Sunday, March 15, 2009

The Toughest Job

I wasn't going to go into too much detail over my Lenten discipline this year, but I'm going to break my own rule and tell on myself today.

One of my personal projects for the last couple of weeks has been to love a hater.

This person is a journalist. He is also a homophobe; he has an obsession with the issue of homosexuality that is out of all proportion to its importance as a topic of public discourse.

And this is too bad, because he's a good, intelligent writer, in the spirit of the old, Buckley-era National Review, which one would have to be to make me want to read a religious and political conservative on an ongoing basis. I read his blog and other writings, frankly, as a reality check to my progressive Weltanschauung.

But he feels compelled, every few days, to drop an H-bomb on his blog. It's usually some example of egregious, salacious gay or lesbian behavior, delivered with a tone of "See? See how they are?"

In the past I have called him out -- in a calm, reasoned way -- on his blog a couple of times. Others, even people sympathetic to his religous and political viewpoints, have also gently suggested to him that he has an unhealthy preoccupation with the issue of homosexuality To his credit, he didn't censor our posts. But I don't think he hears what we say.

So...this guy is my project for Lent. Not to change him; to change my reaction toward him. To try and understand him as something other than an enemy. To -- using the metaphors of his own religious tradition -- understand his behavior as an affliction, not a wilful transgression, and just another variant of the disease we all share as sinful human beings who have a hard time getting it right in our relationships with God and with one another.

What I'm finding is that it's fairly easy to reform one's thoughts regarding an entire group of people, because groups are largely abstractions. Individuals, not so much. It feels less like the happy-clappy Coke commercial about teaching the world to sing, and more like High Noon.

How do you love someone who, not knowing you, hates you? Who hates your partner and despises your relationship with one another? Who uses his position to promote scorn and revulsion toward you and other people like you? How do you give up the knee-jerk urge toward self-defensiveness and anger and "back at ya"?

How I'd love to retreat to a "safe" Lenten discipline like tinkering with my diet or throwing an extra prayer into the schedule.

But, for some reason, I feel called to live with my internal disquiet over this individual for the time being.


Songbird said...

Yes, you are doing something much more difficult. I hope you will share more when Lent is complete.

PS (PSanafter-thought) said...

Interesting, under the circumstances: I was worship assistant today and to the canned prayers in Seasons (whatever it is called) I added one that said, Lord, you commanded us to pray for our enemies. Teach us to remember that all people are your children.

Then this afternoon, talking to my son, he told how he was punched in the face by a ___ person. For no reason. So he goes on and on about how they are "all" like that. And, of course, I said, no, the ones who aren't in bars in the middle of the night because they are home with their family or they have to get up early to go to work, etc. aren't like that. Etc. He says, yeah, I know, but... Keep in mind that my family is mixed race here, so he isn't a white person. And last night I went to see Gran Torino which is about lots of things including racial prejudice.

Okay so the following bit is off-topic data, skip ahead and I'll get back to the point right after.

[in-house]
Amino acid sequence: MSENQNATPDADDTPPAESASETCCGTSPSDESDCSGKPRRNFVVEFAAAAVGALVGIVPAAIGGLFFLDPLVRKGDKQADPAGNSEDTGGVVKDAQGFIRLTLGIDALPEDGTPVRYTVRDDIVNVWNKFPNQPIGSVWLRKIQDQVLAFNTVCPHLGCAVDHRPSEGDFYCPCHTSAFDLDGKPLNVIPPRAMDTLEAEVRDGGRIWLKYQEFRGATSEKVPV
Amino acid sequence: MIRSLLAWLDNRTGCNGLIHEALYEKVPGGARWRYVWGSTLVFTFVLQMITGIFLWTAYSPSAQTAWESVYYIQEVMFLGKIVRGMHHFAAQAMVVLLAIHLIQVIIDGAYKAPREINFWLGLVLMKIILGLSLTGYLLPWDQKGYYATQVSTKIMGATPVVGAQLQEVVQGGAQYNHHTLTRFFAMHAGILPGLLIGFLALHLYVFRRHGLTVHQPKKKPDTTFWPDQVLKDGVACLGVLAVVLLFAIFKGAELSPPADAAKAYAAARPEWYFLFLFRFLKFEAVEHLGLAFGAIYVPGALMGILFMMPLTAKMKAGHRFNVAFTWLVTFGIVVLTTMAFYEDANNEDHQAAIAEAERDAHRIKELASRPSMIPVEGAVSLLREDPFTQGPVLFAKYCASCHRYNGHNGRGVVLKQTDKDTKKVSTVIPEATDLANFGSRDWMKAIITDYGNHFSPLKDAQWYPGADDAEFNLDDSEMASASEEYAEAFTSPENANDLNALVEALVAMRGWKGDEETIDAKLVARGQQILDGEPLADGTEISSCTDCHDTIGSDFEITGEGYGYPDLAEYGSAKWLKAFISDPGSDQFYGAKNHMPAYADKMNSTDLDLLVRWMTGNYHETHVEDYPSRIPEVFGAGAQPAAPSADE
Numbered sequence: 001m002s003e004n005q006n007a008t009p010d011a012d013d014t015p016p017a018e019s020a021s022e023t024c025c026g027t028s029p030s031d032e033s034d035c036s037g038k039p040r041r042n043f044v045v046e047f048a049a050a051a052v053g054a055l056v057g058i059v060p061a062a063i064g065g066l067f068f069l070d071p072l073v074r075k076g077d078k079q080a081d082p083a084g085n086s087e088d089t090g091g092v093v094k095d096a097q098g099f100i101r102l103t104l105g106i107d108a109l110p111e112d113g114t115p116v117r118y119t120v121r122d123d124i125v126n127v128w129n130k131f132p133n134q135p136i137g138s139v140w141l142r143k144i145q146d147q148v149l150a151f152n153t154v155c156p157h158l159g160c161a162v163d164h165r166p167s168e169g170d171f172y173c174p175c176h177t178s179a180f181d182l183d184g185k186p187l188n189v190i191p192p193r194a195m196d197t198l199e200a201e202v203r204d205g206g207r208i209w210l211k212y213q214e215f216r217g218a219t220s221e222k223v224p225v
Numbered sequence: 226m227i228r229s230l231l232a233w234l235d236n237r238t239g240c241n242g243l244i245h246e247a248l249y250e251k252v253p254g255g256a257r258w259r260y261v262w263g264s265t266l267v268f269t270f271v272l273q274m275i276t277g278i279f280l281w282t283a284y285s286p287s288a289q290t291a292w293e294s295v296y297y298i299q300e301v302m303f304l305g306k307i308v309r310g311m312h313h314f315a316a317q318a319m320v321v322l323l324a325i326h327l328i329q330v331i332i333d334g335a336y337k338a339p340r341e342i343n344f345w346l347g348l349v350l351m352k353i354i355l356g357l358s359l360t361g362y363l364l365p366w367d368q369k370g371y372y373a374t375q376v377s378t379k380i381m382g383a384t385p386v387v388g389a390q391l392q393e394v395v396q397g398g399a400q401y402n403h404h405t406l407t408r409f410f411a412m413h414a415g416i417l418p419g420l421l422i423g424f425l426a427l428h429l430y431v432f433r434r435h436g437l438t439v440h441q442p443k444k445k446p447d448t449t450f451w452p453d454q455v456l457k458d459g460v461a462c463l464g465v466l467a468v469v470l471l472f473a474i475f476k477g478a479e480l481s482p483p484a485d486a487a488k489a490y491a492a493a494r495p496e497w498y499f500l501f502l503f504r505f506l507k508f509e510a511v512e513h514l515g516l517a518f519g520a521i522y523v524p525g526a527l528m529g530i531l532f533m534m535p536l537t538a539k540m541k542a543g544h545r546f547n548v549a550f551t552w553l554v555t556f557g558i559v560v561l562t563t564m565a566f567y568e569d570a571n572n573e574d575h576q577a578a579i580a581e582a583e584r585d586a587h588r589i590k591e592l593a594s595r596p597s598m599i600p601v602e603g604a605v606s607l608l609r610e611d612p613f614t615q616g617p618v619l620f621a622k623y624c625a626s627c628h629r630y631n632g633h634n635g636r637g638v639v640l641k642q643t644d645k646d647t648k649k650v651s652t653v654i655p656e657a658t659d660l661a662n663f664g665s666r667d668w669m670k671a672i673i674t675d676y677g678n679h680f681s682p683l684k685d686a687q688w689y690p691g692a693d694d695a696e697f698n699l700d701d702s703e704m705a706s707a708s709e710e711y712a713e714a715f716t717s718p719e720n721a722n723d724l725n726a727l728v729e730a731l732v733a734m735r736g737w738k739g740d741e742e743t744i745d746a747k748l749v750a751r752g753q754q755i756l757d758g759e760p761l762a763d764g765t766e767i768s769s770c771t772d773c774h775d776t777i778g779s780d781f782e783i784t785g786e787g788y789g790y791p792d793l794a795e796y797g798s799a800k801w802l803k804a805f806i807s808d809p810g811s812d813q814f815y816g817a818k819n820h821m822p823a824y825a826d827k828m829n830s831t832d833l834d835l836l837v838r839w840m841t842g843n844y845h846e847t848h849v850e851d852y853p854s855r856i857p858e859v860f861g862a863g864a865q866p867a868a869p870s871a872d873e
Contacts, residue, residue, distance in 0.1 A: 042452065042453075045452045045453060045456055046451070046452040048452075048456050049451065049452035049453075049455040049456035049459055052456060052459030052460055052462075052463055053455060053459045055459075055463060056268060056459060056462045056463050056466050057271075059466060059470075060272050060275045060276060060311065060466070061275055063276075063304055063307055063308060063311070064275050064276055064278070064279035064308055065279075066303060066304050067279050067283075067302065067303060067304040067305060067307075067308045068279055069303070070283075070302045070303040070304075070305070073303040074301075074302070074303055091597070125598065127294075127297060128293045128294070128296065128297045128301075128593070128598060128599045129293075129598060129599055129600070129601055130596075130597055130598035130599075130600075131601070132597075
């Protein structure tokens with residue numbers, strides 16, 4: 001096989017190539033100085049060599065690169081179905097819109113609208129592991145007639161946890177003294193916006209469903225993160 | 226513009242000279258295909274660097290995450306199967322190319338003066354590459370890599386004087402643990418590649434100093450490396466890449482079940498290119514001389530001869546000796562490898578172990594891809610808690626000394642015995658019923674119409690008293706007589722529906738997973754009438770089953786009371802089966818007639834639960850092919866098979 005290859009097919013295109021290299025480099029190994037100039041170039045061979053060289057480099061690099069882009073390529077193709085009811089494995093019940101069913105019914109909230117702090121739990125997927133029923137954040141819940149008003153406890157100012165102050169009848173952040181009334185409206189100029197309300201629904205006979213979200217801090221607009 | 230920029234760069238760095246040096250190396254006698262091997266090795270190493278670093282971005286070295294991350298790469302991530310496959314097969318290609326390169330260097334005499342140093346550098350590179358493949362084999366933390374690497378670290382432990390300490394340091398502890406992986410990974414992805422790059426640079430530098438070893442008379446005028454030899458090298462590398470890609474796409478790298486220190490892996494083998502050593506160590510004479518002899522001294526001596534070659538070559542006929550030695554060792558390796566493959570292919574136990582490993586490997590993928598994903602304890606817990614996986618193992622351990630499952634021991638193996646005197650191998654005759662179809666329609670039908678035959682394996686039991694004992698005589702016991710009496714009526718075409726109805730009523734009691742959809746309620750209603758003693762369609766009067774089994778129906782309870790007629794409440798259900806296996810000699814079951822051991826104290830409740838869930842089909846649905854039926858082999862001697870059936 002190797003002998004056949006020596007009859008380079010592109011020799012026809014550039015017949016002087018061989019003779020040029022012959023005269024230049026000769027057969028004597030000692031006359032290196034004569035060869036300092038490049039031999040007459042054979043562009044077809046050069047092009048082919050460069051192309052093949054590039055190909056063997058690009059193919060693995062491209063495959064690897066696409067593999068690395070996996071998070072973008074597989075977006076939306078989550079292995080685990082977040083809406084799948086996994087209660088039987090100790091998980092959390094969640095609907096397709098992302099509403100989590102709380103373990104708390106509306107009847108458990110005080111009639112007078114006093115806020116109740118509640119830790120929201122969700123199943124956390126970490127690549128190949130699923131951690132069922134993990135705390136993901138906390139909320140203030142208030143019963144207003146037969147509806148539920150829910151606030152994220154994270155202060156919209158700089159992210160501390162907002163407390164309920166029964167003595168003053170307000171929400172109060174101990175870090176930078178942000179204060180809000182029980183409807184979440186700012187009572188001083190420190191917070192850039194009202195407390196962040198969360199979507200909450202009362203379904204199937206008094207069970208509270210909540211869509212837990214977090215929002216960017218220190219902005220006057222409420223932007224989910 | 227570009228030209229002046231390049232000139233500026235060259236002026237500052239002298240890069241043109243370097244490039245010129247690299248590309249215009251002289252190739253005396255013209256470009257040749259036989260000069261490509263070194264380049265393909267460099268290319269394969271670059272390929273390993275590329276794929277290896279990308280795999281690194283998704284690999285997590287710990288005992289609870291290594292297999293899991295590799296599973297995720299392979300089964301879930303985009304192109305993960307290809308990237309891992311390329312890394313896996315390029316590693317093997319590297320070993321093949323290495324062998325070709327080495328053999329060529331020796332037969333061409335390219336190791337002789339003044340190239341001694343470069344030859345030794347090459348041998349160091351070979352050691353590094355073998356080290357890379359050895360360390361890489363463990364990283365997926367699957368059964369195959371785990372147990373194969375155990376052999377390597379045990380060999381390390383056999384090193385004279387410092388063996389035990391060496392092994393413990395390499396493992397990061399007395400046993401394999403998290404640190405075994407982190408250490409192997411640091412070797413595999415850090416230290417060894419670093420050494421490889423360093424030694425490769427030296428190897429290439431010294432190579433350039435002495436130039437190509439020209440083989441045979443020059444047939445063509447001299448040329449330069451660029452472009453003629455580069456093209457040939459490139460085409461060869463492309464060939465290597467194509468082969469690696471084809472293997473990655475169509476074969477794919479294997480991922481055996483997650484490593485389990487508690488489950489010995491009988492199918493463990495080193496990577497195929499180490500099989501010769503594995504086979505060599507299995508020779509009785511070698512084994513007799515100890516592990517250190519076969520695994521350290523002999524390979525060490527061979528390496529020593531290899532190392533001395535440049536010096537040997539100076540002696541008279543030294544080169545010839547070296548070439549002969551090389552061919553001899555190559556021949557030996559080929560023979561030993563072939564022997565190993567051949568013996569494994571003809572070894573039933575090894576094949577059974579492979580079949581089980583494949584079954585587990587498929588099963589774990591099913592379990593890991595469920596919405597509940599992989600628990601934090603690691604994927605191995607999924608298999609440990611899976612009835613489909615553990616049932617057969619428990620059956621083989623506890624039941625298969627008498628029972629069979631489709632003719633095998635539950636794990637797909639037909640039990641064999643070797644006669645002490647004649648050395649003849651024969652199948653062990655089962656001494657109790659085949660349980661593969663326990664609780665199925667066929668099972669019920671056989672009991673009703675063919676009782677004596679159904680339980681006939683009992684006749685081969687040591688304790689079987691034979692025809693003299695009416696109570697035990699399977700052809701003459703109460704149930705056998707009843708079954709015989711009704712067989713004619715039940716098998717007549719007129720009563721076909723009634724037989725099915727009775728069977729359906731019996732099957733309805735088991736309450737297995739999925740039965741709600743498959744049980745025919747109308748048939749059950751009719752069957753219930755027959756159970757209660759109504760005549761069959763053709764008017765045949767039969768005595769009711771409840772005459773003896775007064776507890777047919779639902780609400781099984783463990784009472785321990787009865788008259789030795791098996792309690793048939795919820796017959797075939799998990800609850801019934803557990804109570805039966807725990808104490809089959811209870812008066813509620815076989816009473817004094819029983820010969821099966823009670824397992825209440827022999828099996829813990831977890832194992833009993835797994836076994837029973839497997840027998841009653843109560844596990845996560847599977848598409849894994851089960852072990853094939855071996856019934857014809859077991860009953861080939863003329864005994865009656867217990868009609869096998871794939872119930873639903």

We have to keep on trying to pray for those enemies if only because we are commanded to do so.

LutheranChik said...

Just to give you all a peek into what I'm talking this guy is opining about the slippery slope leading from stem-cell research into "harvesting" the organs of aborted fetuses...and he is somehow conflating that issue with gay marriage. So somehow Fellow Traveler and I are complicit in... dismembering dead babies? Really? But this is how he writes. Whether thumping on gay folks because we're ruining the world or wringing his hands over the perceived coming collapse of the world economy, he seems to be a very fearful person; I mean, literally afraid of life, every day. Which makes me think about the Scriptural text talking about having a spirit of boldness, not fear...and that coming from a faith community that probably had reason to be very afraid of members' physical safety.

PS (PSanafter-thought) said...

People with stupid logic can't be convinced, I'm convinced. There is somebody from out of state that writes a weekly letter to the editor in our local newspaper. He is anti-liberal. He often rails about stuff that he claims is so bad for our country, goes on and on, seems to contradict himself, and often is most down on stuff started by the Republicans when they were in office.

People respond with reasoned arguments in letters, he responds with another letter that blows off the arguments with non-sequesters.

This just isn't worth the energy and time. God will deal with these people with mercy anyway. Let's save our anger for a place where it can be turned into good works.

LutheranChik said...

And now this gentleman's theological/political compatriot has added a new connection -- Nazism! Yes; we've somehow done from dismembered babies to gay marriage to Nazis; the last rhetorical refuge of the poorly-equipped-to-debate. (I have to say, there is much to admire in these folks' particular religious tradition, but between the two of them they are diminishing my respect for that particular branch of the Christian family. Which I know isn't fair, and is just a reflection of their lack of respect for me...but it's my gut reaction -- "You and the horse you rode in on.")

Mary Beth said...

Good on you. I'll be praying supportively for you.